Even at that, I am always careful not to get too overconfident but to still watch price action very closely to confirm ( or to disabuse ) that feeling. That is hard to do but is essential if you wish to remain in this occupation for a long time.

      and Yes, trying to read the swings in these markets today can be very challenging. The sheer size of the price swings leaves you guessing at times as to whether this is just a retracement in price or a reversal. Each market has its own personality and you more or less have to try to filter the price action through that personality.

      I can tell you that I do tend to get tripped up a lot on some of these intraday moves but I have learned to just adapt to the new action. I do not mind getting out with a small loss because if the market shows me something that tells me my original position was the right one, I will go right back in, even on the same day, if need be. The big thing is to keep your losses small. That is cardinal rule number one for trading.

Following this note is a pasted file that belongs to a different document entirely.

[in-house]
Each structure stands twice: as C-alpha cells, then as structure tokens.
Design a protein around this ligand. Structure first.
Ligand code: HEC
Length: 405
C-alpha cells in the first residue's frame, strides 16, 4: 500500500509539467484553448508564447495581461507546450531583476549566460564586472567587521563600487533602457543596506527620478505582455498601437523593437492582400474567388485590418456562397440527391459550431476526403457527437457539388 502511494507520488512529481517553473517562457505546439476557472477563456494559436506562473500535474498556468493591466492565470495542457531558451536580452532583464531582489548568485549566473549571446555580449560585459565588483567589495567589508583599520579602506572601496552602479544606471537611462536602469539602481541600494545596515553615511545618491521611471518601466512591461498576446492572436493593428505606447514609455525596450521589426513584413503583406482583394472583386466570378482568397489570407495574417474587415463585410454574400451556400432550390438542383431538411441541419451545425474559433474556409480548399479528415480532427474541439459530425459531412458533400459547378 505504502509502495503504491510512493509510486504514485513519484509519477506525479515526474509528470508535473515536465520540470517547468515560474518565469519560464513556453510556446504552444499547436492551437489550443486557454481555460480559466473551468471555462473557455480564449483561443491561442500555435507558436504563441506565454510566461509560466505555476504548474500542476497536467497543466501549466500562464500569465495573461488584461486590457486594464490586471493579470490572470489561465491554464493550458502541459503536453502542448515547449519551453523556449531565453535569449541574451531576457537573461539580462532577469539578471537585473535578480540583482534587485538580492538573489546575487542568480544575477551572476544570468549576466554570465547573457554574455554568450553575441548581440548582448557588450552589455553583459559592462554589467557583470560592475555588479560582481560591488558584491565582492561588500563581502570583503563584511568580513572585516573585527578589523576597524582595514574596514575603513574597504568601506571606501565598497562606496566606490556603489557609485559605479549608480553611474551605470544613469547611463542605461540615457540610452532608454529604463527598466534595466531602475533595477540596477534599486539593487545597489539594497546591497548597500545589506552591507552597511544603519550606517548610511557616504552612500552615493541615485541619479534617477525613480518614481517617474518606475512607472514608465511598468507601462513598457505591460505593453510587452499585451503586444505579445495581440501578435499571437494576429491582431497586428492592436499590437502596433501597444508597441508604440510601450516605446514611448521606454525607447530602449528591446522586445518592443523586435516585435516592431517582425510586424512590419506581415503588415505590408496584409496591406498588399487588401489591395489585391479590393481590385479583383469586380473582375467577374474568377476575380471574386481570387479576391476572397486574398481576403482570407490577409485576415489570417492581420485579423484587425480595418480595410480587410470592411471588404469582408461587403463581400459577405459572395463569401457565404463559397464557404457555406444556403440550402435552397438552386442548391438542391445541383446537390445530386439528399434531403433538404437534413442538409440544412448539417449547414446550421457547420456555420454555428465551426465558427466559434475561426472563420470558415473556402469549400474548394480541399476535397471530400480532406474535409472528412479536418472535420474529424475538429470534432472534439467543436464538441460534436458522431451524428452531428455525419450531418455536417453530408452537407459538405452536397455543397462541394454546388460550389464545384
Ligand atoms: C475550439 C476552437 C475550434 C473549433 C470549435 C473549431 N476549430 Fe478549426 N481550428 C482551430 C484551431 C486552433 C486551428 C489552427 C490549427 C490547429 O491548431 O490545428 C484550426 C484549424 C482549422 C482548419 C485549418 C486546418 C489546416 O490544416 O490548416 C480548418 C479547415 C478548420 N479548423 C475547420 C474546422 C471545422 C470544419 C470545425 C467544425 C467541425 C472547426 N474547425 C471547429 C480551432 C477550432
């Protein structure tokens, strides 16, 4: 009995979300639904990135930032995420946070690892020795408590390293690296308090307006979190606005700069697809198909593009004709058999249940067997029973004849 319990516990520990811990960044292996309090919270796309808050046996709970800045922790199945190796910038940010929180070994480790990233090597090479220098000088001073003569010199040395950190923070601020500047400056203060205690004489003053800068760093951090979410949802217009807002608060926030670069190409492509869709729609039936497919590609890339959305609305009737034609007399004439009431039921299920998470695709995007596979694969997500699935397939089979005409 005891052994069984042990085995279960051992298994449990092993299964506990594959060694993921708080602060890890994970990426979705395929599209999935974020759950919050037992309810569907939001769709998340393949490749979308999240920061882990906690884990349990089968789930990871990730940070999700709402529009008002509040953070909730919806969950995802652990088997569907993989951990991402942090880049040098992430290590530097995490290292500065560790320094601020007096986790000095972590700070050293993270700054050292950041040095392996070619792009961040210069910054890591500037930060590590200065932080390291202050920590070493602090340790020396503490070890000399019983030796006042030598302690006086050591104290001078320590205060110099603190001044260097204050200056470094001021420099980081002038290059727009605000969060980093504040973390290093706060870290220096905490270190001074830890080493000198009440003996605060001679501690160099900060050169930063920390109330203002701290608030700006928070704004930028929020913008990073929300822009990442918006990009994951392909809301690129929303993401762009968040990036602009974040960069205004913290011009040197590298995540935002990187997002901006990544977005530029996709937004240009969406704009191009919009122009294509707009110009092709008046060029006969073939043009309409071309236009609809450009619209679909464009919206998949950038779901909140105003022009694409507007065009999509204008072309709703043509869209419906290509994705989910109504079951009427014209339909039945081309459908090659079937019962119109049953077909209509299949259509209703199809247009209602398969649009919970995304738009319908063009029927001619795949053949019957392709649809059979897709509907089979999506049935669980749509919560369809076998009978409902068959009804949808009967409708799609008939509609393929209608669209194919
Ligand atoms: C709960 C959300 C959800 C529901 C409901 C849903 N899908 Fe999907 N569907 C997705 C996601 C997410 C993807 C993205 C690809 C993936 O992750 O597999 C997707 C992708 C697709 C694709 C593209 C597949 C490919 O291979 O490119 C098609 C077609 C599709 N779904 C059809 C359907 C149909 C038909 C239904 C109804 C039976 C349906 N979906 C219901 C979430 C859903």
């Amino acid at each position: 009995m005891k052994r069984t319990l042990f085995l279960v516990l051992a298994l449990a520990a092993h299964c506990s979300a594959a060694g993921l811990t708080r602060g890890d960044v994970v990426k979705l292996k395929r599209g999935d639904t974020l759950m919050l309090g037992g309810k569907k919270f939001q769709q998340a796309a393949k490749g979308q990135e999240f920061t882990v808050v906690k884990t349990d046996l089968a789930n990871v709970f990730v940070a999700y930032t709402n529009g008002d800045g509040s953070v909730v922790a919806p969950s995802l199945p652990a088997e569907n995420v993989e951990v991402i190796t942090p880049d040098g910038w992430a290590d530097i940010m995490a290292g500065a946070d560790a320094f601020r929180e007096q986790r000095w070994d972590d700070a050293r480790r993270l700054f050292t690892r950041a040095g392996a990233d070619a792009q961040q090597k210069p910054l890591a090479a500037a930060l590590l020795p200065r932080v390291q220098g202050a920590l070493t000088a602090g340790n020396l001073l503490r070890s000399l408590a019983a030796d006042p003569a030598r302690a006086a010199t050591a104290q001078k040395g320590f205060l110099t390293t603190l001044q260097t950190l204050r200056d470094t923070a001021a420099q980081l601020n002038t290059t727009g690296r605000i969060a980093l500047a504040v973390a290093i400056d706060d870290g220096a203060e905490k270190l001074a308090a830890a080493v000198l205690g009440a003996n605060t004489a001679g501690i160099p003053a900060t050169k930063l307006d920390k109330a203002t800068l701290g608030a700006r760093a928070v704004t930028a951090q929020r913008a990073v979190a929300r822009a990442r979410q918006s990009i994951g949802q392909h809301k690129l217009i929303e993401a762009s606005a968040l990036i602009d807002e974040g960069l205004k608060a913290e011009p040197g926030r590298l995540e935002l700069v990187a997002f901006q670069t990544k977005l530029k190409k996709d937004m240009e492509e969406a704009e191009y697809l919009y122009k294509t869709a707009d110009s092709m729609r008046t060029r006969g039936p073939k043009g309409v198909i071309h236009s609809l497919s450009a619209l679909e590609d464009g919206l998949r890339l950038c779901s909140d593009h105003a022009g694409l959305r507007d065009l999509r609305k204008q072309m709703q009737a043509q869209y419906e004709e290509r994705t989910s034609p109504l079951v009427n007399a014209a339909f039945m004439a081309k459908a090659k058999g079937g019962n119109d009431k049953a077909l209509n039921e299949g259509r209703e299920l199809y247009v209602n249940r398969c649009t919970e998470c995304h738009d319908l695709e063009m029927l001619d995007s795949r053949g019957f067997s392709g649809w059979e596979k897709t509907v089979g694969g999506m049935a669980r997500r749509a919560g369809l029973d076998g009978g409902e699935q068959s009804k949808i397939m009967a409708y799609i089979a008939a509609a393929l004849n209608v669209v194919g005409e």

Also, one does not need to carry as large a position as they might have in the past because of the size of the price swings anymore. It helps to hold a smaller position because if you are wrong, the loss is bearable. If you are right, you will not make as much money as you might have had you "LOADED the BOAT" as too many of these amateurs out there on the various gold sites keep telling their victims to do.

      A little goes a long way. Greed is also a killer for a trader - that is another tough lesson for many to learn. Sadly, some learn it only at the cost of losing their entire trading account!

      Merry Christmas to you

      Delete
  2. Hi all,
    I searched on Google and best results for ex Dan Norcini are indeed now :